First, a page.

The importance of Persistent Identifiers (PIDs) to build stable connections between research entities such as grants, projects, articles, or funders is recognized and addressed by several initiatives and projects.
When: On January 10, 2019 at 10:00 CET
After all the festivities at the end of the year where family and friends connect, OpenAIRE together with FREYA started off the new year with a webinar on digital connections: the Persistent Identifiers. The Science Europe Data Glossary defines the term Persistent Identifier (PID) as “a long-lasting reference to a digital object — a single file or set of files”. As such, the importance of PIDs to build stable connections between research entities such as grants, projects, articles, or funders is recognized and addressed by several initiatives and projects.
FREYA is a 3-year project funded by the European Commission, aiming to extend the infrastructure for persistent identifiers (PIDs) as a core component of open research, in the EU and globally. FREYA will improve discovery, navigation, retrieval, and access to research resources. In so doing, FREYA has carried out a survey of the current PID landscape, collected a vast amount of user stories in order to identify needs of the community to expand existing and establish new PID services, and is currently working on building a PID Graph.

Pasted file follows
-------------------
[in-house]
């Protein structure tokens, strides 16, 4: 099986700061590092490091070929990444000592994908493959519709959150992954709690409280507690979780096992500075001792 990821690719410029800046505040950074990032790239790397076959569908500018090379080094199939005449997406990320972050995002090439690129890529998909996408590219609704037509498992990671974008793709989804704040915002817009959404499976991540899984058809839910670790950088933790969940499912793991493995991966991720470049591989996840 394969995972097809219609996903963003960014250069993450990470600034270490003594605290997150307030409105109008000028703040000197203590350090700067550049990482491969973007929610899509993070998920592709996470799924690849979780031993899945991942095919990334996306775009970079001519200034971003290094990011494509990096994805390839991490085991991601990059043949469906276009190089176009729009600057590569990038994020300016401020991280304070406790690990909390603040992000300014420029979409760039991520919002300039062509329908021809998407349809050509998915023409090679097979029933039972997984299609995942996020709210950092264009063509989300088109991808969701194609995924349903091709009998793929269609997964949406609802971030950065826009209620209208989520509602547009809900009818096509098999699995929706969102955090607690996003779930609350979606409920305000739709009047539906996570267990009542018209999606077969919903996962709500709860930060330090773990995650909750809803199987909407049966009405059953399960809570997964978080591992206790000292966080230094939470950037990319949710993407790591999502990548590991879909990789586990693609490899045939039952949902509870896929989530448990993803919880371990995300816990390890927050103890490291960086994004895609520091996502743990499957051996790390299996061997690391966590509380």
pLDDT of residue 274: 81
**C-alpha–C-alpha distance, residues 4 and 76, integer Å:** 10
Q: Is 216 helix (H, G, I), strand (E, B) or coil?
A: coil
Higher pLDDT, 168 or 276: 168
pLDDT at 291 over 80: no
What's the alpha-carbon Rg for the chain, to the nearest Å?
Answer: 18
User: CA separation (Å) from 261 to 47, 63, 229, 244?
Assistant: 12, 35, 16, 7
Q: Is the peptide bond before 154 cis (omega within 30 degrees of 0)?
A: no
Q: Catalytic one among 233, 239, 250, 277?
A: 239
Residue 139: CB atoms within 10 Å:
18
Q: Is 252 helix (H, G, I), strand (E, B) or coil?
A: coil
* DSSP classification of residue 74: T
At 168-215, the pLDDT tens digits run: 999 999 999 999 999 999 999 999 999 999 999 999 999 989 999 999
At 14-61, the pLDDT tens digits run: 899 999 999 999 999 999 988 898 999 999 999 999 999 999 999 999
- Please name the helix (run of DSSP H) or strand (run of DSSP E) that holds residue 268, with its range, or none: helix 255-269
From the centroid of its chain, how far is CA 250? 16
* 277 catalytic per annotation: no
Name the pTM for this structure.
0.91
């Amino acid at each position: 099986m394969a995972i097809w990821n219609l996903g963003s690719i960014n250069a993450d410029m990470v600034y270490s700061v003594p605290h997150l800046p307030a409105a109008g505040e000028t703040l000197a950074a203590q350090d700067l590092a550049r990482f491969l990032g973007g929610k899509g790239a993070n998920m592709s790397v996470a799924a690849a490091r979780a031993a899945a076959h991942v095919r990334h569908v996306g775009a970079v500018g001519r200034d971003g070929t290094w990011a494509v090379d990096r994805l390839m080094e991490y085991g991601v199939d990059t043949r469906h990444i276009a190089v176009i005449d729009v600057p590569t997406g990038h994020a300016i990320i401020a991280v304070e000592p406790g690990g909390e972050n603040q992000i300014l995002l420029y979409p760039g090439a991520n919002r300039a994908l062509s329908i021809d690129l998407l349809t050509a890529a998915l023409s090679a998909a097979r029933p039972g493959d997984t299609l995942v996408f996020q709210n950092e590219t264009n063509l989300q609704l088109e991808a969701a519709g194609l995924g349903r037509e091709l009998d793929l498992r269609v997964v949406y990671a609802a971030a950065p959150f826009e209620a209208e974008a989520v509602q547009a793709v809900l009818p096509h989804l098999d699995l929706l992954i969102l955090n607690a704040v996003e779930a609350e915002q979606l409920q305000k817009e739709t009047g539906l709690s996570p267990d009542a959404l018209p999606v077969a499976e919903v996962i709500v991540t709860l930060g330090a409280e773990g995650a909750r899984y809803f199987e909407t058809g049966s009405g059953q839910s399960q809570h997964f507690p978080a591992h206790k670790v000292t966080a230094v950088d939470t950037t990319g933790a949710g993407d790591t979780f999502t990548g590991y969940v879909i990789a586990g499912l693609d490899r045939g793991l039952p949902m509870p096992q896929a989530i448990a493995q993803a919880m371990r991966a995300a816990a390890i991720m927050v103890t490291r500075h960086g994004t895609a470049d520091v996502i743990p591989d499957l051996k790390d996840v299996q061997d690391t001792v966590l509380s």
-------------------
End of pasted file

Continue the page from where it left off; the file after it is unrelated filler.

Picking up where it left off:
In the webinar, Ketil Koop-Jakobsen talked about a report on requirements for new PID Services. To identify demands and requirements for emerging PIDs, FREYA collected user stories from their respective communities and networks. More than 70 user stories were compiled, each identifying a specific PID demand from the community. Koop-Jakobsen introduced some of these stories and explained their influence on the development of new and emerging PID types. Amir Aryani, moreover, shed light on FREYA’s work on the PID Graph, talking about the discussion around the concept of the PID Graph itself and how FREYA partners are contributing to the actual setup of such a Graph.
And Iryna Kuchma talked how OpenAIRE uses PIDs for discovery, enrichment, and linking of research results.